I know at larger airports, it's NEVER a slow time. But what about at smaller airports that are large enough to rate manned ATC, but things aren't always fast-paced, high-traffic like at JFK or DFW, etc. (say an airport like JLN (Joplin Regional))?

What other duties do ATC personnel do when the traffic is light? Do they just sit and stare all day at the readouts, waiting for any one aircraft to appear and call in? Or are there other "busy work" items they do when things are 'slow' and they are listening for air traffic to call in for instructions?

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    $\begingroup$ They can be quite talkative at times, especially at night, even at busy places like Boston, MA, which is quite a large east coast airport. $\endgroup$ – CrossRoads Jan 18 '20 at 20:30
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    $\begingroup$ Sleep. bloomberg.com/news/articles/2011-03-24/… $\endgroup$ – JScarry Jan 19 '20 at 0:02
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    $\begingroup$ "If you've got time to lean, you've got time to clean!" ;-D $\endgroup$ – Michael Jan 19 '20 at 16:59
  • $\begingroup$ @JScarry: indeed, scary but one of the two controllers in the tower was taking a break in the 2002 Überlingen midair collision (en.wikipedia.org/wiki/…) $\endgroup$ – Quora Feans Jan 20 '20 at 12:49

Admin stuff, emails, chat with a colleague if you are not alone on shift, read up on (ever changing) procedures, eat, read a book, make sure the coffee machine works, meditate, watch TV. Anything goes, really, as long as you keep an eye on the radar and stay close enough to hear the radio and answer the phone. Of course, this is all assuming that there are literally no aircraft in the sector at that time (which happens regularily at smaller airports). Whenever you have any active aircraft, you obviously need to stay quite focused on that.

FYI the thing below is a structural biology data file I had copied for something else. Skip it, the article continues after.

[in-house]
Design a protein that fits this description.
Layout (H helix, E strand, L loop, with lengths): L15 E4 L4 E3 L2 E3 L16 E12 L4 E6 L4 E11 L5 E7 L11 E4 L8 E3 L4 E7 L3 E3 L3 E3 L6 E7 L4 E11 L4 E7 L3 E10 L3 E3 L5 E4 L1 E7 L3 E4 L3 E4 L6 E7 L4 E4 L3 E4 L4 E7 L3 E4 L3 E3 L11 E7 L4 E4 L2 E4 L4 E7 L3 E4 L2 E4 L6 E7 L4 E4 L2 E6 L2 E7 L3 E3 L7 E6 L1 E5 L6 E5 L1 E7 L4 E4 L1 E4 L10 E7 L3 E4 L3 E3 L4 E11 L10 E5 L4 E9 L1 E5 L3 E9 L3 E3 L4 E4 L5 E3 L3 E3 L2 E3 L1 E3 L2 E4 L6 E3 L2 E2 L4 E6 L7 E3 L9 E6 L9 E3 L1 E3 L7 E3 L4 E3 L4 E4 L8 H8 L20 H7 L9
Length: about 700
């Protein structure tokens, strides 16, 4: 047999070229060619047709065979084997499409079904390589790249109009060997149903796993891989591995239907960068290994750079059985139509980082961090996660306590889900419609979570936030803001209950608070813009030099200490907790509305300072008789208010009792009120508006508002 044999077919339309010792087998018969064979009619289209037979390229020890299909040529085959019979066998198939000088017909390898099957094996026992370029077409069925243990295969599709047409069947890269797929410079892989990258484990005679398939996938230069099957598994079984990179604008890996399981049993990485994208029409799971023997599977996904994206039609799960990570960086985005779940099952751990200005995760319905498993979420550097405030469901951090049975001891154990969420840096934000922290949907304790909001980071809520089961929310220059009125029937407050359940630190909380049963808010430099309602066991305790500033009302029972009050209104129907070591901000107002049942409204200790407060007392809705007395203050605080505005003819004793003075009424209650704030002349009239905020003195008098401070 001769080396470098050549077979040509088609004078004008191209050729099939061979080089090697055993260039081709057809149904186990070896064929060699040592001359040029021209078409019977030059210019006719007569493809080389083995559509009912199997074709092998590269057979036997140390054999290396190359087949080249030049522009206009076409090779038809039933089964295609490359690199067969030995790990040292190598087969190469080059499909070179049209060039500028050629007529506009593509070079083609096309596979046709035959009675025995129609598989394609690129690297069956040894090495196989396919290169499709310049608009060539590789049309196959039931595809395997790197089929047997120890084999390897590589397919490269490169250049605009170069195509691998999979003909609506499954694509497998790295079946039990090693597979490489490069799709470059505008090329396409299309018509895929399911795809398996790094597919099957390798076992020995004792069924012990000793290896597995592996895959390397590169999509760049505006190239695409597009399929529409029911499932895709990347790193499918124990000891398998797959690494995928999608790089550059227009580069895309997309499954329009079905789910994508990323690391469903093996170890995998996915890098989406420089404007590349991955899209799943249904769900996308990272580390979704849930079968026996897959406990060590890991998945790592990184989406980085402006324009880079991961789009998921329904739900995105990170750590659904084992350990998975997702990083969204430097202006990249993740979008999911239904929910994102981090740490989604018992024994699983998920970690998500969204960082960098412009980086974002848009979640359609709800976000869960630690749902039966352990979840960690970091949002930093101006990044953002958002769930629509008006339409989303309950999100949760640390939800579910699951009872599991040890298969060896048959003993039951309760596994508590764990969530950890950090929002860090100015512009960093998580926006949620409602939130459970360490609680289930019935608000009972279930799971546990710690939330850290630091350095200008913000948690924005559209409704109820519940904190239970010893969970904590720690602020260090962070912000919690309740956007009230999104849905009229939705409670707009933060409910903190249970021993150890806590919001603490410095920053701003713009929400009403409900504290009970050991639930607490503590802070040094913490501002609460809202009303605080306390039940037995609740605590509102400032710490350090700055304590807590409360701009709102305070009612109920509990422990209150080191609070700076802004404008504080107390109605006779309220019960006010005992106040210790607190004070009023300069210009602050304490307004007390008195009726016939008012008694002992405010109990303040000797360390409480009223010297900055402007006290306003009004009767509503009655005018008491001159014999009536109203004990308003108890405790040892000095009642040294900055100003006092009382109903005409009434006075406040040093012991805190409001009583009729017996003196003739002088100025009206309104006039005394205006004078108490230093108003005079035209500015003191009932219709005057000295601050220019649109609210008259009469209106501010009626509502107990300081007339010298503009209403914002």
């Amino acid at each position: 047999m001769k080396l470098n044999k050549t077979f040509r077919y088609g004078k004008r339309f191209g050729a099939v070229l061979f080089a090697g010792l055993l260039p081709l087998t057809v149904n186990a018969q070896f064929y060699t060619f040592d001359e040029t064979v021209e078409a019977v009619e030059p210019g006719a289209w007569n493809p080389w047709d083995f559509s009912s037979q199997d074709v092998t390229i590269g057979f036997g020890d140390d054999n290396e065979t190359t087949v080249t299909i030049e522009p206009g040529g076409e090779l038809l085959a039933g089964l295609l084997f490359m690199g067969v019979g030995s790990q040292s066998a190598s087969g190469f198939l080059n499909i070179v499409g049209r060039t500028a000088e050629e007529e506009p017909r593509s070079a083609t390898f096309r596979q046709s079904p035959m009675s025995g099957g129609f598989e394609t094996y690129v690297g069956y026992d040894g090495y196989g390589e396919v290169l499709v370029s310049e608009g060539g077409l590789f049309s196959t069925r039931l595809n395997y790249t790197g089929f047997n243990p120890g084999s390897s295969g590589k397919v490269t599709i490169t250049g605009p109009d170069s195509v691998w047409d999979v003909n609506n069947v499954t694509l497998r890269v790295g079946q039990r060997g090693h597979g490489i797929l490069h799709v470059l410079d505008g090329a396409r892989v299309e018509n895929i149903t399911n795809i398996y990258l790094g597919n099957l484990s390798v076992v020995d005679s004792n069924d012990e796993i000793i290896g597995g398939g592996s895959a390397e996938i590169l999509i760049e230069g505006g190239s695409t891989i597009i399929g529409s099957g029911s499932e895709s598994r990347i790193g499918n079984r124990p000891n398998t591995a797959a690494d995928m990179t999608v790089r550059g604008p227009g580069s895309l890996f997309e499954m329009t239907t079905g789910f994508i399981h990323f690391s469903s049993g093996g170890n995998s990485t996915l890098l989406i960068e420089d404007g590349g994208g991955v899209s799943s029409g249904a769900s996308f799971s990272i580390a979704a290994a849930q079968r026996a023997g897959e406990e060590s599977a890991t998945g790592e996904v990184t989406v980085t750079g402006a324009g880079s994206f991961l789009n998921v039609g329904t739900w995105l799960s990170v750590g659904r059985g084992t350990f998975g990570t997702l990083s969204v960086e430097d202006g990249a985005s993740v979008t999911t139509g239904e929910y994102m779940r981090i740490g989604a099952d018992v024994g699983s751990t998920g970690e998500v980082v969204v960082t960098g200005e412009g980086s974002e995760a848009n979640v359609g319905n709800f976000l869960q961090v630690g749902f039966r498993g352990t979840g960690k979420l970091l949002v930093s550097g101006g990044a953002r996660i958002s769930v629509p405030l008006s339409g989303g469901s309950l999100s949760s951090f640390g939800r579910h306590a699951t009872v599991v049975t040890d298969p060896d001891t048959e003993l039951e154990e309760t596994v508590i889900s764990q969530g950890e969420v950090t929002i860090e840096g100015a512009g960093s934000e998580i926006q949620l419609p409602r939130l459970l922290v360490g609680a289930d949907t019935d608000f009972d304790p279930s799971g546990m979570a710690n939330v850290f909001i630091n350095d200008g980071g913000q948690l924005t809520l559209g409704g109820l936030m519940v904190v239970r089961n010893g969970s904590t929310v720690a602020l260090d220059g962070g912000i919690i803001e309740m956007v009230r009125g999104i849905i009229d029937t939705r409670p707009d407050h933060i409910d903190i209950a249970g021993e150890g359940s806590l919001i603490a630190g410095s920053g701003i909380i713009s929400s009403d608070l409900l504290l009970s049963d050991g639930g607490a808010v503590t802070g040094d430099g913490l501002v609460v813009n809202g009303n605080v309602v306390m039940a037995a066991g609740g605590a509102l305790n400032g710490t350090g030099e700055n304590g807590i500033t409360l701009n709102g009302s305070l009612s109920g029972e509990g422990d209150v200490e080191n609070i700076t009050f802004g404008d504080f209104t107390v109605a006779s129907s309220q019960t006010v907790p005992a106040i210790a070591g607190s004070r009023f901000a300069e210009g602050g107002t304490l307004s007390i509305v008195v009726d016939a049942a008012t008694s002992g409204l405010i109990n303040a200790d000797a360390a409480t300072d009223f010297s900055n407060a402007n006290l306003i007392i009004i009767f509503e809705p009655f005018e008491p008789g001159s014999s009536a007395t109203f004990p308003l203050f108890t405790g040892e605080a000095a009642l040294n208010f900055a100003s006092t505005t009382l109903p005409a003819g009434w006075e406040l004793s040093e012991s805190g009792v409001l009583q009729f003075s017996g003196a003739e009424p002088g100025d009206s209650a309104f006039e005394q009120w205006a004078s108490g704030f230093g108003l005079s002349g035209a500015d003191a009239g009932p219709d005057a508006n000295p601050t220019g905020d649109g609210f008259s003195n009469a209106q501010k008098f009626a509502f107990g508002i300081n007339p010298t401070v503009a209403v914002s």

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    $\begingroup$ I think there's an important unsaid bottom line: You need to be able to switch back to "fully focused" within a second, no matter what you were doing. $\endgroup$ – yo' Jan 20 '20 at 18:15
  • $\begingroup$ @yo' That's very true $\endgroup$ – expeditedescent Jan 20 '20 at 18:22

Traffic is fairly predictable. They operate with more personell during rush hour and with much less at night, so it rarely happens that a controller is idling.

During peak times there are separate controllers for apron operations, clearance delivery, taxiing, takeoffs and landings, arrivals, departures and for each en-route sector. During slow times, a single controller handles multiple roles or sectors.

Sometimes ATC is so understaffed at night that a controller might be more busy than during the day. For example, the Überlingen mid-air collision was caused by the lone controller beeing overwhelmed by simultaneous events on two workstations that would normally be operated by two people.

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    $\begingroup$ My primary airport is staffed 6a-10p, but when the weather is below VFR mins, they can go hours between planes because the flight schools aren't flying and most transient IFR traffic prefers airports closer to the city. $\endgroup$ – StephenS Jan 20 '20 at 16:59

In the center environment, when sectors within a given area of responsibility are slow, they can be combined so a radar team can work a larger proportion of the airspace. Controllers who are not working traffic may be on break, or they may be assigned other duties, such as reading up on new procedures, letters of agreement, general aviation notices, and the like. There's ALWAYS something to get caught up on, and much of it is required before signing on to a position.

In the olden tymes, most of us would arrive 5 to 10 minutes before the shift started, and catch up the mandatory reading, get a weather briefing, and look at the flows for Denver, so you'd have a general handle on what to expect. We'd do that BEFORE shift start.

Can't do that anymore, because of contract negotiations. FAA has to provide time-on-the-clock for required items.

expeditedescent's answer illustrates some of the differences between Tower/TRACON/Center, though. In the center (at least ZDV), you cannot have anything in the area that would be a distraction to working traffic. No TV, no books, no magazines (not even aviation related), games, etc., except FAA-issued orders and the like. If you're not assigned a position (or just coming in/going out), you normally shouldn't be in the area, unless you're doing some approved activity (discussing PTO, new procedures, etc.)


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